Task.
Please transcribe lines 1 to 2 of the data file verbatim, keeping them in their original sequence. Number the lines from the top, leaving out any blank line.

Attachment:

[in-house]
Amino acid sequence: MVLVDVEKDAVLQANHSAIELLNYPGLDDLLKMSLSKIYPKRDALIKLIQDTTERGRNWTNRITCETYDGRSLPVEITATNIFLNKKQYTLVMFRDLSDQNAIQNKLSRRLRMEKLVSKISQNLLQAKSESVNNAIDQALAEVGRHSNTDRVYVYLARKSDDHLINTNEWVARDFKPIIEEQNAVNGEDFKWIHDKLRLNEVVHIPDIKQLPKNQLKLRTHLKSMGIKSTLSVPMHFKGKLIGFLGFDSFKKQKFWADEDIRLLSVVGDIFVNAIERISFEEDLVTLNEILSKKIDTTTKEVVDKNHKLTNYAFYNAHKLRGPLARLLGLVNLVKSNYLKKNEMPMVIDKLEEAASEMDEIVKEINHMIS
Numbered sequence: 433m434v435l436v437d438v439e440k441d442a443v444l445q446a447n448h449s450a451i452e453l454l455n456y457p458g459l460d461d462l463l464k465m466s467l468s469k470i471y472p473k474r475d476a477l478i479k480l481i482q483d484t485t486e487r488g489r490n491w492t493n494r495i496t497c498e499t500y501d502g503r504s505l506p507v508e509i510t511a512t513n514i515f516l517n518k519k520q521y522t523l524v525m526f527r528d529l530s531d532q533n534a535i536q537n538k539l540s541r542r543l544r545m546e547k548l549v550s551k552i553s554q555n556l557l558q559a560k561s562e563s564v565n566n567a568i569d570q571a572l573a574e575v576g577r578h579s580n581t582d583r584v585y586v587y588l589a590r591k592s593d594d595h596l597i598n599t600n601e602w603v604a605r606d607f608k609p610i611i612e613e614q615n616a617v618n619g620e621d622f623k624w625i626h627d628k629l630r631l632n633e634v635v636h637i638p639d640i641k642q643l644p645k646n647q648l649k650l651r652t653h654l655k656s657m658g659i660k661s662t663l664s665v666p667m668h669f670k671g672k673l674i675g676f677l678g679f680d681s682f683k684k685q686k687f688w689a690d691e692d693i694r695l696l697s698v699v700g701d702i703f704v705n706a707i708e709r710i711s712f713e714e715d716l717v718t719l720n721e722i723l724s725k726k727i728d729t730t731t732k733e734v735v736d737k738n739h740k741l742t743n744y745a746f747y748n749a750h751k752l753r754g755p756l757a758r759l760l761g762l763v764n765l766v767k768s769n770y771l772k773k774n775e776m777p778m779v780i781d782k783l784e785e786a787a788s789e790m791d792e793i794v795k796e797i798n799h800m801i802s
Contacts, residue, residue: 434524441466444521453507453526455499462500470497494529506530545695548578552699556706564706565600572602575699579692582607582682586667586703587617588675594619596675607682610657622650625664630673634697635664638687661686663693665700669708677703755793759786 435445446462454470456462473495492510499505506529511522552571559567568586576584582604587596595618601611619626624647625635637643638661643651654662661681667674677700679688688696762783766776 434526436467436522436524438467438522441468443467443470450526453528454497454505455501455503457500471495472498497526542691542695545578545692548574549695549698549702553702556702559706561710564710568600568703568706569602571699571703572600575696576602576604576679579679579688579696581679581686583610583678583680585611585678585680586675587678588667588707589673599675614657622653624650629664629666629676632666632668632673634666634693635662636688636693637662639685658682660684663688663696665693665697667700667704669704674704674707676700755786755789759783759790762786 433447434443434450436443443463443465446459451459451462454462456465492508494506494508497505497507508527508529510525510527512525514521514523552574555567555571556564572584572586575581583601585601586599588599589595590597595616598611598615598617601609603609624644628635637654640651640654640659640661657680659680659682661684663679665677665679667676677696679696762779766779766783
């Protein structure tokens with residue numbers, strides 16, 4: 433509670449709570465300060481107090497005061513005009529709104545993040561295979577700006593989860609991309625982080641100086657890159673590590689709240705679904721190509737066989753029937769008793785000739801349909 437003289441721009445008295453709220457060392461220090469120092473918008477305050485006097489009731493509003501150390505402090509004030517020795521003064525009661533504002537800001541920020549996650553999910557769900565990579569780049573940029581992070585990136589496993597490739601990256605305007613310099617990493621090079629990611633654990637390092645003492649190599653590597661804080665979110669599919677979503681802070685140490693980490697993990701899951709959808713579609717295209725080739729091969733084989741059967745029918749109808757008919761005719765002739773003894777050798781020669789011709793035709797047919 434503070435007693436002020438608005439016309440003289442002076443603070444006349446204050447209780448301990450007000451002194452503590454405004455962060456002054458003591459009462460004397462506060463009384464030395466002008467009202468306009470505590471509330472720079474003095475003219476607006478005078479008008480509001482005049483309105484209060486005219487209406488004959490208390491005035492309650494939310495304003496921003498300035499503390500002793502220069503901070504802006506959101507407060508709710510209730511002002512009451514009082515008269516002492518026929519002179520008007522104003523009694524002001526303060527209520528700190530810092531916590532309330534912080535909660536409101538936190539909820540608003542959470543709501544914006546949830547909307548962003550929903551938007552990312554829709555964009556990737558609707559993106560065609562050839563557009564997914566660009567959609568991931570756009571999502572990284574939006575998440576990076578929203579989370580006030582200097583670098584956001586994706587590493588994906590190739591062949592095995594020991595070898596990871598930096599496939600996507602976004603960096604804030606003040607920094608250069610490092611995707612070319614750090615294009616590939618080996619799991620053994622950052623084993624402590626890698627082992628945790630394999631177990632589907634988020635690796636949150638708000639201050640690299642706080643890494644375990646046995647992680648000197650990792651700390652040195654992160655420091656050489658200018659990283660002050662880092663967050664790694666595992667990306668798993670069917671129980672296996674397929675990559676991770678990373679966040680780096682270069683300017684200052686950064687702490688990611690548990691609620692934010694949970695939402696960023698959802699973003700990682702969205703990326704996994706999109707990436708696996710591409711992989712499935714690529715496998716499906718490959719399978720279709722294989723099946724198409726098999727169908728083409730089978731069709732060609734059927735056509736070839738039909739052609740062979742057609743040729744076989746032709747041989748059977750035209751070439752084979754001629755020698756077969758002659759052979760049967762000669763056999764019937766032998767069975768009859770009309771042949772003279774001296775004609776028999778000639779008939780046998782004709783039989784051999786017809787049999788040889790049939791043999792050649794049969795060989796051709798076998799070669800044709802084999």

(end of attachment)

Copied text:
[in-house]
Amino acid sequence: MVLVDVEKDAVLQANHSAIELLNYPGLDDLLKMSLSKIYPKRDALIKLIQDTTERGRNWTNRITCETYDGRSLPVEITATNIFLNKKQYTLVMFRDLSDQNAIQNKLSRRLRMEKLVSKISQNLLQAKSESVNNAIDQALAEVGRHSNTDRVYVYLARKSDDHLINTNEWVARDFKPIIEEQNAVNGEDFKWIHDKLRLNEVVHIPDIKQLPKNQLKLRTHLKSMGIKSTLSVPMHFKGKLIGFLGFDSFKKQKFWADEDIRLLSVVGDIFVNAIERISFEEDLVTLNEILSKKIDTTTKEVVDKNHKLTNYAFYNAHKLRGPLARLLGLVNLVKSNYLKKNEMPMVIDKLEEAASEMDEIVKEINHMIS